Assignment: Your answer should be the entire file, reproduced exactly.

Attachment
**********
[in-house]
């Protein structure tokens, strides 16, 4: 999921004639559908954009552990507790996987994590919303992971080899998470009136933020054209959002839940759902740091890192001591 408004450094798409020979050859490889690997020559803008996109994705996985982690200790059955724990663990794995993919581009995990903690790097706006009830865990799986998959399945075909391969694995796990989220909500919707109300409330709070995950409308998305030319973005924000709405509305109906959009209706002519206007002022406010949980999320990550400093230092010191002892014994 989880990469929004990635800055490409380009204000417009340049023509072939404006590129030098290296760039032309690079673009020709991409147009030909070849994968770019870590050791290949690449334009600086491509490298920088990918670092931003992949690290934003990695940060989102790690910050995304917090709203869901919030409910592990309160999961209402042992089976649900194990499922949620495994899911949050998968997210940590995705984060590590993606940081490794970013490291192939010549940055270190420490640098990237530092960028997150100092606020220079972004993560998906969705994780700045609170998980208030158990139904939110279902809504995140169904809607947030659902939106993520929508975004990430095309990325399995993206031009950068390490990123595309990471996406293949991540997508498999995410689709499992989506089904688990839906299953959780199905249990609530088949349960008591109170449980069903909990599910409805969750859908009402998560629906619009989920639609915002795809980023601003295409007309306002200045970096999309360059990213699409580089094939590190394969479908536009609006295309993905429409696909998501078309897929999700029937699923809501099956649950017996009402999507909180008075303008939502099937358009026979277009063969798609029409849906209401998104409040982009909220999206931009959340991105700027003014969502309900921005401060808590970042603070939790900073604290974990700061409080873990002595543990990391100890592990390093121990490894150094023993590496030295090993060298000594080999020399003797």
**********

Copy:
[in-house]
């Protein structure tokens, strides 16, 4: 999921004639559908954009552990507790996987994590919303992971080899998470009136933020054209959002839940759902740091890192001591 408004450094798409020979050859490889690997020559803008996109994705996985982690200790059955724990663990794995993919581009995990903690790097706006009830865990799986998959399945075909391969694995796990989220909500919707109300409330709070995950409308998305030319973005924000709405509305109906959009209706002519206007002022406010949980999320990550400093230092010191002892014994 989880990469929004990635800055490409380009204000417009340049023509072939404006590129030098290296760039032309690079673009020709991409147009030909070849994968770019870590050791290949690449334009600086491509490298920088990918670092931003992949690290934003990695940060989102790690910050995304917090709203869901919030409910592990309160999961209402042992089976649900194990499922949620495994899911949050998968997210940590995705984060590590993606940081490794970013490291192939010549940055270190420490640098990237530092960028997150100092606020220079972004993560998906969705994780700045609170998980208030158990139904939110279902809504995140169904809607947030659902939106993520929508975004990430095309990325399995993206031009950068390490990123595309990471996406293949991540997508498999995410689709499992989506089904688990839906299953959780199905249990609530088949349960008591109170449980069903909990599910409805969750859908009402998560629906619009989920639609915002795809980023601003295409007309306002200045970096999309360059990213699409580089094939590190394969479908536009609006295309993905429409696909998501078309897929999700029937699923809501099956649950017996009402999507909180008075303008939502099937358009026979277009063969798609029409849906209401998104409040982009909220999206931009959340991105700027003014969502309900921005401060808590970042603070939790900073604290974990700061409080873990002595543990990391100890592990390093121990490894150094023993590496030295090993060298000594080999020399003797």